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BillyGoat 07-05-2013 07:58 PM

Haleakala Crater Overnighter June 26-27 Maui
While I've camped on a volcano before, I've never actually spent the night inside one before until now. The Haleakala Summit/ Crater/ Nat'l Park in Maui is what I consider the highlight of the island and a great escape from the heat and humidity below. Haleakala means "House of the Sun", and watching a sunrise or sunset from the 10,000 foot high summit gives you an idea why it was given this name.
During our stay in Maui we drove up the windy highway 3 times, with the last time to catch late afternoon light and a sunset from the crater rim (you can drive right up to the crater rim and summit), so I'll include a few of those photos as well.
First, a few photos taken on the drive to the crater:
Wow lasers! But please, no ion cannons.
West Maui mountains and sugar cane fields.
Plenty of these signs.
Above the clouds
Final stretch before the summit

Some sunset photos from the summit:

Now inside this rather large crater is a network of trails as well as three well equipped cabins that can accomodate up to 12 people at a time. Presently they are 75.00/night regardless of group size and can be reserved here up to 3 months in advance:
On the day of your reserved night of stay, you pick up your permit at the lower visitor center where you also have to watch a short video about the park and proper etiquette, no-trace etc before you can start your trip.
The trailhead, sliding sands trail in our case, begins at a large lower visitor parking lot at roughly 9700 feet.
First though, some shots of what lies below from the crater rim:

Okay, now to the trail itself. We took the sliding sands in, which is the main trail and it's a dusty bear of a trail. Nice and wide, not steep, but quite dusty and alot of loose sand and fine gravel. The trail drops to roughly 7000 feet over the first couple miles where you are then within the crater plateau.
The cabin we are staying in is at the base of the green mouintain center left.
as can be expected, this area is home to some rather unique species of plant and animal life including this silversword plant.
Almost at the base of the crater plateau
Shortly after entering the plateau, we take a small detour trail to the left which skirts around and between a few cinder cones. It's a one mile extra detour to the cabin, but well worth it.
Cinder cones everywhere. With a bit of imagination, one could feel as though this is what it would be like to hike on Mars.
Ah there is our cabin! Within this cabin are 12 bunks with mattresses, a long table with benches, a two burner propane stove, a wood fireplace with a good supply of compressed wood logs to use, a sink with running (non-potable) water and a fully equipped kitchen with pots, towels, pans, dishes, cutlery etc. There's also a picnic table outside.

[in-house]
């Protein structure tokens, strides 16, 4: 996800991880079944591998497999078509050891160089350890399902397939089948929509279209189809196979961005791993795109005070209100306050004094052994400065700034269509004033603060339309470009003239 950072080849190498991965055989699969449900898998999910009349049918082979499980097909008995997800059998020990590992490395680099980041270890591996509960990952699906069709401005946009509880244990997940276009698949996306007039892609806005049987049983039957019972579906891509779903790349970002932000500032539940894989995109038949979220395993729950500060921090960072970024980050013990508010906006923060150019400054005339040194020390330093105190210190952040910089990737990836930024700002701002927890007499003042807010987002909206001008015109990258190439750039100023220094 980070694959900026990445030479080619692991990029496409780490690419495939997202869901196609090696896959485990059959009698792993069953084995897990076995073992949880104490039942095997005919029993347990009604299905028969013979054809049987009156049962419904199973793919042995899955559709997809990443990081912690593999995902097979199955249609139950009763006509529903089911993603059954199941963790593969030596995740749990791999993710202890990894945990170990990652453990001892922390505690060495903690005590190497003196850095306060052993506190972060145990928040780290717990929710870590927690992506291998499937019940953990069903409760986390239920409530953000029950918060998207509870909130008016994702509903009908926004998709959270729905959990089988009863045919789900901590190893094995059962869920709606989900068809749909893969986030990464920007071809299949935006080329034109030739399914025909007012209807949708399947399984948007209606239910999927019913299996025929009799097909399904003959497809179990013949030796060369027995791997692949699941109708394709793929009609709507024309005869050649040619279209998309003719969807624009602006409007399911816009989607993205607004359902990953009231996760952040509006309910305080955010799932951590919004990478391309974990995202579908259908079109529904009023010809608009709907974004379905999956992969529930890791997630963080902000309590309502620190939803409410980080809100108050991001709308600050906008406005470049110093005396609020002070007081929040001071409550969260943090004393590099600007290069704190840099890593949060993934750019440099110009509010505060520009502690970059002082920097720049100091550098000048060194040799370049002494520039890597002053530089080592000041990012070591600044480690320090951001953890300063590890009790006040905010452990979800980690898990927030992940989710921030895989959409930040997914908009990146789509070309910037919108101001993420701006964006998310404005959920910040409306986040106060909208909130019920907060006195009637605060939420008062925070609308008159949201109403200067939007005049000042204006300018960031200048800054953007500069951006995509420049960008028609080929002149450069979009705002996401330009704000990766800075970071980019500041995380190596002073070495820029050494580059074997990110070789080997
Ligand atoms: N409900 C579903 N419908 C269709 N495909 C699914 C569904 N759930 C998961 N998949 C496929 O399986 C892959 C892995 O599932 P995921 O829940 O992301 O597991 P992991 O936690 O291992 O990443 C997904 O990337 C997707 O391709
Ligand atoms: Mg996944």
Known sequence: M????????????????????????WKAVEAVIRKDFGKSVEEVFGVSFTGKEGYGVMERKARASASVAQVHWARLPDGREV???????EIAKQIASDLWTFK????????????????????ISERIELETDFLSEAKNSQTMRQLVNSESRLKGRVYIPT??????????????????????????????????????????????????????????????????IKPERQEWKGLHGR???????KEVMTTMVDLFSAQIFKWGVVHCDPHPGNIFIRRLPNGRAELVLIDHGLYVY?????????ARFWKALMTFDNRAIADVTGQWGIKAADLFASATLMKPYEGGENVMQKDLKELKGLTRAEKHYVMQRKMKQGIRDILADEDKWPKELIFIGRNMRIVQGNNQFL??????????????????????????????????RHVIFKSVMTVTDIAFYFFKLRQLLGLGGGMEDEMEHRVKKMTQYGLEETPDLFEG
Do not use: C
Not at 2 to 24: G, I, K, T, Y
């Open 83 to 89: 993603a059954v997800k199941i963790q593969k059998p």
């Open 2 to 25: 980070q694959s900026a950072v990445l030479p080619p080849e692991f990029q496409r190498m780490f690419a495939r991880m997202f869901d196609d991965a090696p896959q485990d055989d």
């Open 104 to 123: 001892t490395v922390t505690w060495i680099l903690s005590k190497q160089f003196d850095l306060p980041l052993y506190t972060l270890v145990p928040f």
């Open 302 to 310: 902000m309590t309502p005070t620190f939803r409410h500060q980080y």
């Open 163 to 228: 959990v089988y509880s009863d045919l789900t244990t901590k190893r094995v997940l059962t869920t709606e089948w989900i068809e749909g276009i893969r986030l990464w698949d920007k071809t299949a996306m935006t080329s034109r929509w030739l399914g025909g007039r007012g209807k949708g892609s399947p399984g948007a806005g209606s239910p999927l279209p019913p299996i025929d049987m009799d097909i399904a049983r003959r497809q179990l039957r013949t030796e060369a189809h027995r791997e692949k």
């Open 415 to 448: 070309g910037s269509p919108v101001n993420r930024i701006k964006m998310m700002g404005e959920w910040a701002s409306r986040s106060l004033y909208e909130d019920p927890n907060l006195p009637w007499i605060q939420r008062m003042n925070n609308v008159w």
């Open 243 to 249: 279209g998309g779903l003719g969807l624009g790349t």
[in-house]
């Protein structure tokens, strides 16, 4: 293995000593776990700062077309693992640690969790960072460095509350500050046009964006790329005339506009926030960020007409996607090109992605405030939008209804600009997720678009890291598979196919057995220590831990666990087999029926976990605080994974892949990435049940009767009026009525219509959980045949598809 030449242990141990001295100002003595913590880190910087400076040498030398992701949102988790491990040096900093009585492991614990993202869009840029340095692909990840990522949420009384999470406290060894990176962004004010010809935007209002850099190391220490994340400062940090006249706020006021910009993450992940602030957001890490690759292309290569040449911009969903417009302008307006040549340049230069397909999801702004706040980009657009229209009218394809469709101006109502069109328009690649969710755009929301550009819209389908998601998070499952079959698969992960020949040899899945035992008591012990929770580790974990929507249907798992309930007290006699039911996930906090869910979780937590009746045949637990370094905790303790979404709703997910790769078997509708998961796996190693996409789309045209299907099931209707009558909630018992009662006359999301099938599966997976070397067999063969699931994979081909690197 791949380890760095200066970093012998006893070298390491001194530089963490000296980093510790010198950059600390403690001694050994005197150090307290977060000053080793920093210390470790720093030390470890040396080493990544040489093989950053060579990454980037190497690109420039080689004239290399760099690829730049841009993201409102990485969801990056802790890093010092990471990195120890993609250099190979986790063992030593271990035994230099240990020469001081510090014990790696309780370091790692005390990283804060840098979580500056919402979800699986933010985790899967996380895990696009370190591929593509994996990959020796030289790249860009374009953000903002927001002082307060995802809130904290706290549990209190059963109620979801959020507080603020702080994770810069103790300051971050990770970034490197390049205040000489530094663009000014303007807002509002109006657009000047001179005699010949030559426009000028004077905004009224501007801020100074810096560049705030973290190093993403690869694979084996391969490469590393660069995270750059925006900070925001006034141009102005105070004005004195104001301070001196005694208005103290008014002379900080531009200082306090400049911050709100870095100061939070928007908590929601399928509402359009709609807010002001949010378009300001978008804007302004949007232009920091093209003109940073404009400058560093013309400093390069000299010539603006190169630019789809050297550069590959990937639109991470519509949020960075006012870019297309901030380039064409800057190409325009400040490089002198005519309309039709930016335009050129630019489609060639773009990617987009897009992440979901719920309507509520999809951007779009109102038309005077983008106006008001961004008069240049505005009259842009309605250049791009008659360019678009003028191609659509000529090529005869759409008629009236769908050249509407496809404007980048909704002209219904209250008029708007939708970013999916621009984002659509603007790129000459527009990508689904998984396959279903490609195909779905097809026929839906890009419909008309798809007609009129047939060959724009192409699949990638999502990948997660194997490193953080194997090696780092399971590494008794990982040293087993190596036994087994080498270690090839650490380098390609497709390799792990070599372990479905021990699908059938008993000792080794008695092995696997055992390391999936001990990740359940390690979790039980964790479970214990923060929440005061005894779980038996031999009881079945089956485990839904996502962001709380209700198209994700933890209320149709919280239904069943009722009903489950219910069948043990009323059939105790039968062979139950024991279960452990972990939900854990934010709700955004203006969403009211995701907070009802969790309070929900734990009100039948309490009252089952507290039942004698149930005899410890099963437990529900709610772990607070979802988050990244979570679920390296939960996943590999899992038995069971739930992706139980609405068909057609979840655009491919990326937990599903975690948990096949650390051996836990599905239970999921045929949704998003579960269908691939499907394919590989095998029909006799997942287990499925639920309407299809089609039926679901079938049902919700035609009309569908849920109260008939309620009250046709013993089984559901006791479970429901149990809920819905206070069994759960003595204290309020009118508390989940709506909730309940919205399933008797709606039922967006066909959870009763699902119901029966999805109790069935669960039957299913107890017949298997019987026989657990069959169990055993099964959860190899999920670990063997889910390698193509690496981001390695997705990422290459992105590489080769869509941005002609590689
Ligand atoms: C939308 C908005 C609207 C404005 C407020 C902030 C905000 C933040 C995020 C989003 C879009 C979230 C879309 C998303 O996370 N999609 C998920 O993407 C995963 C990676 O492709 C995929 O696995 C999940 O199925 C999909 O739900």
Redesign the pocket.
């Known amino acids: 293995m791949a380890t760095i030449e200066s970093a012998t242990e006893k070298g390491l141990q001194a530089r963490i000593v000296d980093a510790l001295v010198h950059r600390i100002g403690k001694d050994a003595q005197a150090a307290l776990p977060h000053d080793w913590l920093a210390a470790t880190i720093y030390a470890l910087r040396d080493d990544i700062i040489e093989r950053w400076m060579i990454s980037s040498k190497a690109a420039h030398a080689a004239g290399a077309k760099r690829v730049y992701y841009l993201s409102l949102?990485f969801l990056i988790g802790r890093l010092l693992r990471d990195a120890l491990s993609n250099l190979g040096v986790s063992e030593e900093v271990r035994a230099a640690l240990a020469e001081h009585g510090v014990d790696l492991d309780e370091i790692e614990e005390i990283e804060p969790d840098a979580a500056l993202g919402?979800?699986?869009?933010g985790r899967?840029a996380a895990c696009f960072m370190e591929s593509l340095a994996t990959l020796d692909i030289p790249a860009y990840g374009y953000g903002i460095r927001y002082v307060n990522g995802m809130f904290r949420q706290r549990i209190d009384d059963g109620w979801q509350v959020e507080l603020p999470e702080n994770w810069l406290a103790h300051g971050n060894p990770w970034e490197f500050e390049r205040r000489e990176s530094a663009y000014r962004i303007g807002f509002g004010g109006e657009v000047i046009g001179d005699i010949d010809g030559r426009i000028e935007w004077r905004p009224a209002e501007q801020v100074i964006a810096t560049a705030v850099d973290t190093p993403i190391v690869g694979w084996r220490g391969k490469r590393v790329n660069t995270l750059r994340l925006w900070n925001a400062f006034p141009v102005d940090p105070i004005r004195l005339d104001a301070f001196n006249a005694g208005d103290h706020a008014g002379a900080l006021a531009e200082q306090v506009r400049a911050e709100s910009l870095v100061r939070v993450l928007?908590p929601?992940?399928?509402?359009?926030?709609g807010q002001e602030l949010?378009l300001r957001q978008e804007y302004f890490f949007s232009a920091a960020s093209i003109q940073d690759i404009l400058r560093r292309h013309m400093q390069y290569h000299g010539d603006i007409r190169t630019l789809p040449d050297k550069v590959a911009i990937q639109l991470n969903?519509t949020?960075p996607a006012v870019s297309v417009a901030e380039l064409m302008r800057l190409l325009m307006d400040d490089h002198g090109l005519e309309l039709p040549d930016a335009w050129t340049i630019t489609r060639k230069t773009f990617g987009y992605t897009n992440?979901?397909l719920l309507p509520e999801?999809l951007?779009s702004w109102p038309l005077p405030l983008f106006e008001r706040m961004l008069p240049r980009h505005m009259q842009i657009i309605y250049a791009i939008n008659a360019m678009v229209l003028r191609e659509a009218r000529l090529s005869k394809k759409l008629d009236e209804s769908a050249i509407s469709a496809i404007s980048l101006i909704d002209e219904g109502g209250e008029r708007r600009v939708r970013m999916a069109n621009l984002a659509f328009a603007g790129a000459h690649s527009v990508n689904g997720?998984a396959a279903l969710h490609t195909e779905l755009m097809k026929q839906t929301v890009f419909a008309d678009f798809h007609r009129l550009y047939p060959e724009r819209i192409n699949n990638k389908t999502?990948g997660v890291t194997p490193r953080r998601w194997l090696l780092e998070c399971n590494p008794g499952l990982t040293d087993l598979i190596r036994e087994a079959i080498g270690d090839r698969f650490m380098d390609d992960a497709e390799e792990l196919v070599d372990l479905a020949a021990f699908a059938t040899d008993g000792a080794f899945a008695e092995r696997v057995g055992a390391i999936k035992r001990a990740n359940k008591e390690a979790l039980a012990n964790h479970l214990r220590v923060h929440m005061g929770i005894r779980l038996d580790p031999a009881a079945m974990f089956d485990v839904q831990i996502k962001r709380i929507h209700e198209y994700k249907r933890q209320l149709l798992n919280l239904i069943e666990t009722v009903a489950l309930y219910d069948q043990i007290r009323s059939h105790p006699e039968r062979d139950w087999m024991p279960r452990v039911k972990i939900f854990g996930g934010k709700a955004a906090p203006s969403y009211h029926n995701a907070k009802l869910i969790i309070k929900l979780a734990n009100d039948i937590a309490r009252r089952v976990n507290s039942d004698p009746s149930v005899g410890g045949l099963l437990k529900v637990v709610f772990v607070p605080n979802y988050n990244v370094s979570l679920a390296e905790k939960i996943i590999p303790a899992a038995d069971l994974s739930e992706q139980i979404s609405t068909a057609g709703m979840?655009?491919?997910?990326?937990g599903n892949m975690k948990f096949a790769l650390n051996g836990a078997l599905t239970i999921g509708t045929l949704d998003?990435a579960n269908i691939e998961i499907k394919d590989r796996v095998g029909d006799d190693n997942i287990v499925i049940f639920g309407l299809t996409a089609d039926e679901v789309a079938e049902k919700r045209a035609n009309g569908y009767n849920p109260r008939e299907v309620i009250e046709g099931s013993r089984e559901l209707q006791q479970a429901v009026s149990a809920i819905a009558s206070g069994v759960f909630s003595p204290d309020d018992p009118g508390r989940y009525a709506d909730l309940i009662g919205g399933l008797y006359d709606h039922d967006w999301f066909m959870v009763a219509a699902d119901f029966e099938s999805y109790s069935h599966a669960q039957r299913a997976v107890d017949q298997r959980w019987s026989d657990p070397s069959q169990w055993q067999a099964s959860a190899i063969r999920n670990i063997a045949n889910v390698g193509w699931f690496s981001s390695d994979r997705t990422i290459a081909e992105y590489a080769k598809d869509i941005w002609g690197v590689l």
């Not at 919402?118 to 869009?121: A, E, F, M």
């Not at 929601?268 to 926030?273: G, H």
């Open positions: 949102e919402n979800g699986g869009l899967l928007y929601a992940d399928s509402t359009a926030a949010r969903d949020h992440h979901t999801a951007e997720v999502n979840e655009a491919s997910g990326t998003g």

Time for a beer!
Now this area is one of the best places in the world for stargazing. There were a few stars out, and we thought we'd point them out to you
The surrounding grassy meadow area and the rocks above are home to a number of birds that made rather interesting sounds at night. Kinda different but nonetheless quite soothing. One of those birds is the endangered Nene, which is sort of like a Canada Goose but smaller
and a whole lot friendlier. The Nene is also the state bird of Hawaii.
Sunrise over the clouds. The clouds were always in the distance, looking like they were going to overtake us, but never did.
Heading back out, we were hoping to check out this cool trail and cinder cone, but alas, the trail was closed.
I'm stylin'!
A few clouds did roll in,but quickly cleared up again.
It was a bit of a huff coming back up 3000 feet to the trailhead, but at least our packs were lighter.
If you find yourself in Maui, definitely check out the Haleakala Crater and if you have some time, take a hike into the crater as it is quite the unique place to explore.

guntis 07-05-2013 10:49 PM

Beautiful! I remember my trip there and am envious of the fact you stayed overnight. Very cool.

EAK 07-08-2013 06:51 PM

Good idea, I'm gona do that someday! Thanks for posting Tim.

dougz 07-08-2013 07:40 PM

Nice! What was the drinking water situation like on the hike?

Sweet fancy Moses! Jealous...[:0]

Candy Sack 07-08-2013 09:09 PM

Very nice. Love the colors.

exscape 07-08-2013 09:45 PM

BillyGoat 07-09-2013 04:30 PM


quote:Nice! What was the drinking water situation like on the hike?
There is no water to be had on the hike itself. We each carried 2 litres for the hike in which was sufficient for us. There is usually water at the cabin, but it needs to be filtered/ purified as it's considered non-potable. In the dry season there may not be water at the cabin so it's a good idea to check with the rangers on the water situation before emabarking on your hike. Hikers who aren't staying at a cabin would have to carry in whatever water they need.

dougz 07-09-2013 07:28 PM

Yup, looks pretty dusty! Would definately bring more than I would need..

It's on the bucket list!

KARVITK 07-09-2013 09:20 PM

Stunning Place to visit; totally looks out of this world like Mars you wrote. Really enjoyed your TR and checked each and every photo; sure looks like a fun place to stay at and explore for the few days you were there. Kind of need to see that mass of curly clouds below you too.


LongShadow 07-15-2013 09:06 PM

Fantastic! Brings back some great memories from when I did it 18mo ago. Thanks for sharing! :)

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